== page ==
Concerns raised about a Go Fund Me site during a recent Pasco County School Board meeting prompted Superintendent Kurt Browning to voice concerns over how appeals for help are posted by teachers on social media sites.
The issue came up when Amy Bracewell, a parent who lives in Northwood, told school board members that a posting on a Go Fund Me site was seeking funds to purchase materials for students at Denham Oaks Elementary.
The posting said that 42 percent of the students in the school’s first-grade have reading deficiencies and need additional materials.
Bracewell lives in Northwood, a community in Wesley Chapel, which has been reassigned to attend Denham Oaks Elementary, in Lutz, next school year.
She and other parents objected to their children being moved from their Wesley Chapel community to attend a school in Lutz, with a lower academic rating.
“Considering that I have a kindergartner starting in the fall, I find it extremely disturbing to find a Go Fund Me page set up for the first-graders of Denham Oaks Elementary School,” she told board members.
Browning said he became aware of the Go Fund Me site the evening before the Dec. 15 school board meeting.
The superintendent said the post “was somewhat troubling to me, because it made it sound that we, as a district, were not providing the level of materials to those schools. That is just not the case.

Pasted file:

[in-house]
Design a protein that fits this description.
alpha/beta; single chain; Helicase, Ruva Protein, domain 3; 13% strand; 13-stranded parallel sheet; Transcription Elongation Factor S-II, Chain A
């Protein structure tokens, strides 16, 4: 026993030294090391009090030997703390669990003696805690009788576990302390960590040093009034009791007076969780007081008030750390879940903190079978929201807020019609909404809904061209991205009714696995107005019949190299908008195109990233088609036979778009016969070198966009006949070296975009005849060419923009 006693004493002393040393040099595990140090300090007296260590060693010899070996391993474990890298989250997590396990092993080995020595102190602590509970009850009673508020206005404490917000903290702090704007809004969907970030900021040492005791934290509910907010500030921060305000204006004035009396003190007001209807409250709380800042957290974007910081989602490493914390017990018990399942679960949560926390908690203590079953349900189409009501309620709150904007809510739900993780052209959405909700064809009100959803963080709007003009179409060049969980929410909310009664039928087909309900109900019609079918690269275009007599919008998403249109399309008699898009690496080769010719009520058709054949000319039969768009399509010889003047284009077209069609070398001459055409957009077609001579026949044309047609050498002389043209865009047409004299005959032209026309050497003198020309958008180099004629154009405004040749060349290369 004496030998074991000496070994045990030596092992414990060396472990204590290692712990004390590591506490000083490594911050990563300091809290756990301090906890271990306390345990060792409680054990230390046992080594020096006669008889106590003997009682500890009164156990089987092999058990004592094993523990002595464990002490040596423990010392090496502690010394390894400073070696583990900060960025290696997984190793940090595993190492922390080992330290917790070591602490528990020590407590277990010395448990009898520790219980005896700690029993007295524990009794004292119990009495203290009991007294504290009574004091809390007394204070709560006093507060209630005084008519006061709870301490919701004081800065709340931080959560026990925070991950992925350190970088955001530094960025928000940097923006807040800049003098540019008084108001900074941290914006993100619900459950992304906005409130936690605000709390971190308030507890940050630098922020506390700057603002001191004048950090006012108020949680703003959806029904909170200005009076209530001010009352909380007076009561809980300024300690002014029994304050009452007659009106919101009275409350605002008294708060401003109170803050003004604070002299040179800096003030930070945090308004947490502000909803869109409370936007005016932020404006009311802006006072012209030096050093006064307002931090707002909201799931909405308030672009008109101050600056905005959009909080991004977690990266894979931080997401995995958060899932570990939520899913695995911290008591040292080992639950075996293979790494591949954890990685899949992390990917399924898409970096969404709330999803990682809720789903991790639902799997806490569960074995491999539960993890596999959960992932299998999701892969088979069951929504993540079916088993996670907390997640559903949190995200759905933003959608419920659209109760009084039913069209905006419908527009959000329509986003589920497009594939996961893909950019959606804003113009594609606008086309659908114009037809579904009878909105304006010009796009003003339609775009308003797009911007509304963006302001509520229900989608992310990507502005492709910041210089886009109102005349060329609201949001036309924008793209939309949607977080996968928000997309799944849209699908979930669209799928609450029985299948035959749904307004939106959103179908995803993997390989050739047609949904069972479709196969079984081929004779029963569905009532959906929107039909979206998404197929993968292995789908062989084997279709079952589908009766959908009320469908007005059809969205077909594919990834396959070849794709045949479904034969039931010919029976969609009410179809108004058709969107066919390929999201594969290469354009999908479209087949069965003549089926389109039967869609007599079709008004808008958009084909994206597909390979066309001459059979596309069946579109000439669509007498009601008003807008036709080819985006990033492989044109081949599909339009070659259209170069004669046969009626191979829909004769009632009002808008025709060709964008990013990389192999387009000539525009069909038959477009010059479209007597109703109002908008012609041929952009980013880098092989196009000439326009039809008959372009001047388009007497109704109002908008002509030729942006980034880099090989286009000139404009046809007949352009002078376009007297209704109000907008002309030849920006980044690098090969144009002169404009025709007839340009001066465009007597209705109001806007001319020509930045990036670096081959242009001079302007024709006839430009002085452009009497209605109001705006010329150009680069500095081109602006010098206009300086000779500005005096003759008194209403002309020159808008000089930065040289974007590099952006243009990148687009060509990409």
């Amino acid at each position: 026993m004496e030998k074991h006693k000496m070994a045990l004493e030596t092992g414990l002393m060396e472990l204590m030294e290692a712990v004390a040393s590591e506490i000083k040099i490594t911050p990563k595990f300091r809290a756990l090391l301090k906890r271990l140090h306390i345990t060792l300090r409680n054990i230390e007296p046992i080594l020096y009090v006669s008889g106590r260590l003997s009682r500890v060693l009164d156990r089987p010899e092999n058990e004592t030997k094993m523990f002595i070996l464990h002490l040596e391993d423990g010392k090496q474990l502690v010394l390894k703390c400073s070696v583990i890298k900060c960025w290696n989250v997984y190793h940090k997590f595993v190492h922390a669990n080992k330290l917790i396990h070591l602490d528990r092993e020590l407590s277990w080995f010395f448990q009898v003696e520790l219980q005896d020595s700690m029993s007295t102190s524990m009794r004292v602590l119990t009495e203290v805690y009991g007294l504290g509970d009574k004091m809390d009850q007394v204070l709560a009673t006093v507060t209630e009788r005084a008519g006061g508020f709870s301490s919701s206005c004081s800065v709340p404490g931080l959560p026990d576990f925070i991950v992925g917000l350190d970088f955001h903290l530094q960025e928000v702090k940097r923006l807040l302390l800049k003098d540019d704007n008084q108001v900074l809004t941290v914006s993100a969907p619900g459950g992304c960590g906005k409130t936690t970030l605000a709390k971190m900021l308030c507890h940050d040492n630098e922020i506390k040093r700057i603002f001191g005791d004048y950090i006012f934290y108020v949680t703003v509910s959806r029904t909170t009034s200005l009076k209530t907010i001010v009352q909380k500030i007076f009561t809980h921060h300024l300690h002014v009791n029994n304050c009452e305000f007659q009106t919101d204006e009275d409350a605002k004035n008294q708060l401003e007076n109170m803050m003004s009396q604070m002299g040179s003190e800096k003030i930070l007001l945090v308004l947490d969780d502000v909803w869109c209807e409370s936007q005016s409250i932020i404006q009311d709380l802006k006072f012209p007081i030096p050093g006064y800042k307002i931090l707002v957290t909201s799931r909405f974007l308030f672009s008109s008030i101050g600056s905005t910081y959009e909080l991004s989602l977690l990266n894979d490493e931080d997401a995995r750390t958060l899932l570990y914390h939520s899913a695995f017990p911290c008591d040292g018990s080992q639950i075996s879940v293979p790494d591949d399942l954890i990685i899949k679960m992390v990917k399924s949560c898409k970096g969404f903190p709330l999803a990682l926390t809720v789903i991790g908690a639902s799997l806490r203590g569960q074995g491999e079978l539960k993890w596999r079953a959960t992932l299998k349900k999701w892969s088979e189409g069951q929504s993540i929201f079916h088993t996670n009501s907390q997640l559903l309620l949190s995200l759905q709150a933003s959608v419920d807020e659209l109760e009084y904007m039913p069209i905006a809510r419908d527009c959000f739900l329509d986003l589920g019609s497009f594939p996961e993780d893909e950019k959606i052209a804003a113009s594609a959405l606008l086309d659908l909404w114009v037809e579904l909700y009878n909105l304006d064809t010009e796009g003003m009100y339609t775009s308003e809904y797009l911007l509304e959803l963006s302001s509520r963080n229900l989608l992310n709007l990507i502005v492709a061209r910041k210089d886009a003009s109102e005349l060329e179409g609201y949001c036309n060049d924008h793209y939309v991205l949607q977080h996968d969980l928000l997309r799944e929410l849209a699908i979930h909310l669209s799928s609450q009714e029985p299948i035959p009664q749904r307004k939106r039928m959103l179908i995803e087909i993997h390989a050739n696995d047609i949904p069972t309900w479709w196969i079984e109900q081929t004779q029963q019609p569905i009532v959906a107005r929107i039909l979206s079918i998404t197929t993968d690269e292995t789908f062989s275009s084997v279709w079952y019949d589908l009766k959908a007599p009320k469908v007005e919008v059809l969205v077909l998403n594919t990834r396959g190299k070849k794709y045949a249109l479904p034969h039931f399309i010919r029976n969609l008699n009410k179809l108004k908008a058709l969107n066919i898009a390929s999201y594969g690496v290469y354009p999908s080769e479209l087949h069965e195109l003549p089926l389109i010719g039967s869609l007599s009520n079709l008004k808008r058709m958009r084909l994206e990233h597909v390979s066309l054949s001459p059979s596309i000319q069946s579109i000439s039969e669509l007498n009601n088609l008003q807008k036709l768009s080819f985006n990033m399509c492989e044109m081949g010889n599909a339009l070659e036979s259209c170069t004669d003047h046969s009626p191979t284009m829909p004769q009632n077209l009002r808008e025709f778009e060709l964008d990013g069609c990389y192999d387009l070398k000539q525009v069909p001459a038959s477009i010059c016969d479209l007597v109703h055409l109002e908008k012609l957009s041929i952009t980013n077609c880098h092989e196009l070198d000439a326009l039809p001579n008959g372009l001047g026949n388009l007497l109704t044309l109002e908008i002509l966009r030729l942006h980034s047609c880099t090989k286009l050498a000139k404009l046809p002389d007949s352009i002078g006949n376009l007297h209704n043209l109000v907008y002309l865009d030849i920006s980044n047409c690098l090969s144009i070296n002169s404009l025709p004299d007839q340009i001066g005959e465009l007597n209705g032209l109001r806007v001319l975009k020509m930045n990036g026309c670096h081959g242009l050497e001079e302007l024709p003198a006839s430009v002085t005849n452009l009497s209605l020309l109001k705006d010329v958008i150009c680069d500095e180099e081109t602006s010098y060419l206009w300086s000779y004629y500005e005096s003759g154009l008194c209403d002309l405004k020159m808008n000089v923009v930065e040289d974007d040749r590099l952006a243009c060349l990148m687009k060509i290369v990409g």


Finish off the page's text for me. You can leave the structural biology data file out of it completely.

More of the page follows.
“We provide the materials at every one of our schools that support our students in learning to read and learning to read on grade level,” Browning said.
“They wanted additional materials and were asking for contributions to pay for those additional materials,” he said.
He also asked teachers and other staff members to be careful when they are making social media appeals to be sure they accurately convey the nature of the request.
“The whole Go Fund Me pages and the Donor Choose pages, in my opinion, are incredibly problematic for this district,” he said. “They’re problematic as a whole.”
Sometimes requests are made for materials that are not compatible with district needs, he said. For instance, “iPad minis will not support many of the things that we do in classrooms,” he said.
Browning also noted, it’s impossible for the district to monitor all of the requests that are posted on social media.
With 87 schools in the district, he said, “We just don’t have the resources to do that.”
So, he urged caution in the postings, noting the message they send doesn’t just affect one school, but reflects on the entire district.
Published December 30, 2015